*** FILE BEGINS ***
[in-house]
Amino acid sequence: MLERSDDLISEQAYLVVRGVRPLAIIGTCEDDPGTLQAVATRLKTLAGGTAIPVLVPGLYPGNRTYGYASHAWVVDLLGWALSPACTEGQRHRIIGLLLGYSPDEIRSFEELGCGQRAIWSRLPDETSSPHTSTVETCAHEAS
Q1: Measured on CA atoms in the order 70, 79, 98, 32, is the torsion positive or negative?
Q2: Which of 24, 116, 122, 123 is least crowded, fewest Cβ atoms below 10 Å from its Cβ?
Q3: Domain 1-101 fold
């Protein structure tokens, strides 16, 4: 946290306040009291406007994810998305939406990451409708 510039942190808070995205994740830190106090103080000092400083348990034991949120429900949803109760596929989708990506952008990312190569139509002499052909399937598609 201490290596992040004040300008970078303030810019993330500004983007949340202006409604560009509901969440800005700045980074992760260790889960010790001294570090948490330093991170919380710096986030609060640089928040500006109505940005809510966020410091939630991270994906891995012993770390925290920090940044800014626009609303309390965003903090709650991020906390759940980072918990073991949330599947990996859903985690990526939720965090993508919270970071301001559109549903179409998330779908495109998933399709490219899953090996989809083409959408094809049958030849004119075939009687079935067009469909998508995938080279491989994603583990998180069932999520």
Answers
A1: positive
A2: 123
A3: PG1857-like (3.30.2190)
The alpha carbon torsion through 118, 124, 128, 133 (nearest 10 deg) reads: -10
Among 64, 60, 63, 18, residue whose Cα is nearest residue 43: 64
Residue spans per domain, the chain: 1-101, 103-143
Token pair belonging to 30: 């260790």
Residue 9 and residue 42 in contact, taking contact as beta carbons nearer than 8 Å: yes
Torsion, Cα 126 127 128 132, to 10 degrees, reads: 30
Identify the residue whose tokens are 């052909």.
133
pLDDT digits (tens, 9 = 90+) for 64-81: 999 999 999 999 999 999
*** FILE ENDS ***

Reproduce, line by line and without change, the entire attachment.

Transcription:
[in-house]
Amino acid sequence: MLERSDDLISEQAYLVVRGVRPLAIIGTCEDDPGTLQAVATRLKTLAGGTAIPVLVPGLYPGNRTYGYASHAWVVDLLGWALSPACTEGQRHRIIGLLLGYSPDEIRSFEELGCGQRAIWSRLPDETSSPHTSTVETCAHEAS
Q1: Measured on CA atoms in the order 70, 79, 98, 32, is the torsion positive or negative?
Q2: Which of 24, 116, 122, 123 is least crowded, fewest Cβ atoms below 10 Å from its Cβ?
Q3: Domain 1-101 fold
């Protein structure tokens, strides 16, 4: 946290306040009291406007994810998305939406990451409708 510039942190808070995205994740830190106090103080000092400083348990034991949120429900949803109760596929989708990506952008990312190569139509002499052909399937598609 201490290596992040004040300008970078303030810019993330500004983007949340202006409604560009509901969440800005700045980074992760260790889960010790001294570090948490330093991170919380710096986030609060640089928040500006109505940005809510966020410091939630991270994906891995012993770390925290920090940044800014626009609303309390965003903090709650991020906390759940980072918990073991949330599947990996859903985690990526939720965090993508919270970071301001559109549903179409998330779908495109998933399709490219899953090996989809083409959408094809049958030849004119075939009687079935067009469909998508995938080279491989994603583990998180069932999520």
Answers
A1: positive
A2: 123
A3: PG1857-like (3.30.2190)
The alpha carbon torsion through 118, 124, 128, 133 (nearest 10 deg) reads: -10
Among 64, 60, 63, 18, residue whose Cα is nearest residue 43: 64
Residue spans per domain, the chain: 1-101, 103-143
Token pair belonging to 30: 């260790």
Residue 9 and residue 42 in contact, taking contact as beta carbons nearer than 8 Å: yes
Torsion, Cα 126 127 128 132, to 10 degrees, reads: 30
Identify the residue whose tokens are 């052909």.
133
pLDDT digits (tens, 9 = 90+) for 64-81: 999 999 999 999 999 999